Dear Readers: Following is new information from a previous letter-writer who contracted a sexually transmitted disease/infection (STD/STI) from his girlfriend who’d kept her infection secret:
She was diagnosed with Genital Herpes shortly before we started dating, but didn’t tell me for three months.
I loved her and we’d been intimate many times.
I suggested complete testing for both of us and asking doctors how to stay intimate while keeping myself safe.
After we were convinced that we can still be a couple, she broke up with me.
Shocked, I tried to reconcile but met only silence.
Two months later, when diagnosed with genital herpes, I said there’s now no problem of us being together.
She was bluntly cold and didn’t want to reconnect.
I felt betrayed, used up and abused. She encouraged me into the relationship and left me infected with an incurable STD.
I gave her an ultimatum to meet/sort things out, or I’ll take her to court for infecting me, hoping she’d take things seriously.
She panicked, went to a counsellor, then told me the counsellor said this isn’t a healthy relationship and not to have further contact with me.
She doesn’t respond to my texts and calls.
I want to get back together as I was deeply involved with her. I’ve had many doctor visits as my symptoms took a bad turn on my body.
She was cold-hearted, and unempathetic.
I gave her love, support and caring, only to be left with a broken heart and an STD.
I’m contemplating telling her parents what’s happened and asking them to help reconcile us. If I do this behind her back, might she call the cops on me?
Infected, then Ignored
Yours is an understandably sad, fearful and angry story about contracting this incurable infection, because of the love you felt for someone who secretly and knowingly put you at risk.
In Canada, it’s a crime not to disclose HIV or another sexually transmitted infection before having sex that poses a “significant risk of serious bodily harm.”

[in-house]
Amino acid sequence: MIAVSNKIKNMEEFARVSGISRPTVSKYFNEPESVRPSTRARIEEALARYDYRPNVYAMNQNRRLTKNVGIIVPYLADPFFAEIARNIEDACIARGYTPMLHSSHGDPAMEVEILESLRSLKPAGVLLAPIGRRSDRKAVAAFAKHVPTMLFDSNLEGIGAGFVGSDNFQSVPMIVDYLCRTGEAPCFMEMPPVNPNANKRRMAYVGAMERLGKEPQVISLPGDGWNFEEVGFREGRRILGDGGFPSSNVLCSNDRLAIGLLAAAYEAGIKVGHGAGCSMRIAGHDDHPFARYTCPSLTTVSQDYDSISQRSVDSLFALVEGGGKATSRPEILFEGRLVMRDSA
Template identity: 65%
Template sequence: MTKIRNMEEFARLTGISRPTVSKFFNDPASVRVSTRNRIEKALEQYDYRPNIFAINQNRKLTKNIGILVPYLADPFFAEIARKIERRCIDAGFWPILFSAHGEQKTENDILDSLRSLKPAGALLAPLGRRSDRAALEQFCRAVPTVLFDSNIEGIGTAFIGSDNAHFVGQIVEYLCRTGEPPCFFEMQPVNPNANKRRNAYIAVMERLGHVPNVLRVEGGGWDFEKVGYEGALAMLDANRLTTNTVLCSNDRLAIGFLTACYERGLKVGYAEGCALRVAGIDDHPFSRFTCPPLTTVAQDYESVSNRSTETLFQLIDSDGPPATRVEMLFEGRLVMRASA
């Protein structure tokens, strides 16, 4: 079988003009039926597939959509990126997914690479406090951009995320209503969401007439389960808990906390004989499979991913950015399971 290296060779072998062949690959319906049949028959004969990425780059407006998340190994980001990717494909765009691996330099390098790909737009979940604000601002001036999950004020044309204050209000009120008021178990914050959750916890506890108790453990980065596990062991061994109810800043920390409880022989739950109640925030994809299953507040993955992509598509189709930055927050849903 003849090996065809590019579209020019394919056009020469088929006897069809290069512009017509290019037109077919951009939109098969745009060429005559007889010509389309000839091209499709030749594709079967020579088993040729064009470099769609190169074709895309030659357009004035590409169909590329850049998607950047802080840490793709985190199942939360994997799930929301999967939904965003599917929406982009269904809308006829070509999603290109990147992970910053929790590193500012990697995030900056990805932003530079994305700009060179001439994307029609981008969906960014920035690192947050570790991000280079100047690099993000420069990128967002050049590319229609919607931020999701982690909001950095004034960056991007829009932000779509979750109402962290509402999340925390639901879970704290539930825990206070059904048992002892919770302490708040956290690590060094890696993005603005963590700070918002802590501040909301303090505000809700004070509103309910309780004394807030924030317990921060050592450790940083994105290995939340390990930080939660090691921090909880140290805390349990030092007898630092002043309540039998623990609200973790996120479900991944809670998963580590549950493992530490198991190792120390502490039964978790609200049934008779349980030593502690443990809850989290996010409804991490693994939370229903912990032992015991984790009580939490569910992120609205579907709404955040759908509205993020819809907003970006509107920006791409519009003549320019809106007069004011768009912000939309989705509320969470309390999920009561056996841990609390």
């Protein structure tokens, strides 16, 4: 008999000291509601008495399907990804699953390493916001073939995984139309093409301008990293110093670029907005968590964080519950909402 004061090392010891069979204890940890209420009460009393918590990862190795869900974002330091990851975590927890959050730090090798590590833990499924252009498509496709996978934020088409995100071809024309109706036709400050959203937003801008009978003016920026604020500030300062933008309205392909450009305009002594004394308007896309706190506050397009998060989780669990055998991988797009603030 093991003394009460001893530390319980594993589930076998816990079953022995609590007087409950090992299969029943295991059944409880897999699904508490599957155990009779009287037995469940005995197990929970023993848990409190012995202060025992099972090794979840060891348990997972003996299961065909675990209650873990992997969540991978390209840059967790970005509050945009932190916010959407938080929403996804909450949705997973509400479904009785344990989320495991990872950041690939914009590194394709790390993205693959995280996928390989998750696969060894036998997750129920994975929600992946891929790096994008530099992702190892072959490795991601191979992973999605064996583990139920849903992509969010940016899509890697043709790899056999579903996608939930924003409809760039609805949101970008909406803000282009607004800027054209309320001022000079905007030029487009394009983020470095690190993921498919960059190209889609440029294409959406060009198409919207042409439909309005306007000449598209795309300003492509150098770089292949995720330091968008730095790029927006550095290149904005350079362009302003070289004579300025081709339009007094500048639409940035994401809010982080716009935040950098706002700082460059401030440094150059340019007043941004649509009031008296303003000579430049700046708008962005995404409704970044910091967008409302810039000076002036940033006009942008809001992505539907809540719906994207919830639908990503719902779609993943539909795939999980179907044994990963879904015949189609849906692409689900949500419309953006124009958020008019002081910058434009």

However, by 2017 most prosecutions had been strictly related to HIV and hardly any have been related to herpes, syphilis, Chlamydia or other STIs.
In the U.S., California has made it a crime to knowingly withhold an STI diagnosis, including HIV, from a sexual partner, even if the disease is not transmitted.
You have every right to consider and want to pursue the matter in court.
BUT threatening your ex-girlfriend and involving her parents in your pursuit of her, may be seen as harassment, which is also illegal.
If you truly want to sue her, see a lawyer for advice. Renewing your relationship is highly unlikely to happen.
The pain you both suffer about having this lifetime diagnosis, has driven you apart. She should’ve revealed her illness but didn’t. You expected that, once both infected, it’d bring you closer. That didn’t happen.
You still need emotional support, however, and should seek help from a sexual disease clinic where professional counsellors are available.
My cell phone’s an albatross. Email’s useful, as is texting for specific purposes and necessarily-immediate feedback.
Neither replaces the comfort and nuanced efficiency of conversation.
Caught in a Silent World
Follow your instincts. Arrange to see friends in person whenever possible (you’ll sometimes have to text to set a place/time).
Shop locally… one can develop interesting conversations with merchants, especially those who’ve come from elsewhere and love to share stories of their history and culture.
Join a walking group. Plenty of time for good chats.
I wrote previously regarding my father's disinterest in working after years of alcoholism/financial insolvency.
I’ve tried what you advised: reviewing his resume, suggesting jobs, supporting his mental health counselling.
Nothing stuck with him. He recently said he’d never work again and he’d live off little money until “the end.”
How can we move forward in our relationship?
Frustrated Adult Child
You can still be supportive by visiting, and being “there” for him if anything goes seriously wrong.
But you need to support yourself through this, too.
Al-Anon is a proven supportive organization reached online, by phone, or through meetings locally, across the globe.
Their website states: “Al-Anon members are people, just like you, who are worried about someone with a drinking problem.”
You’ll learn more about why your father lives as he does, and, in a support group, you’ll discover how other relatives, friends, loved ones, handle similar situations which you’re facing.
Tip of the day:
Never resort to threats or harassment.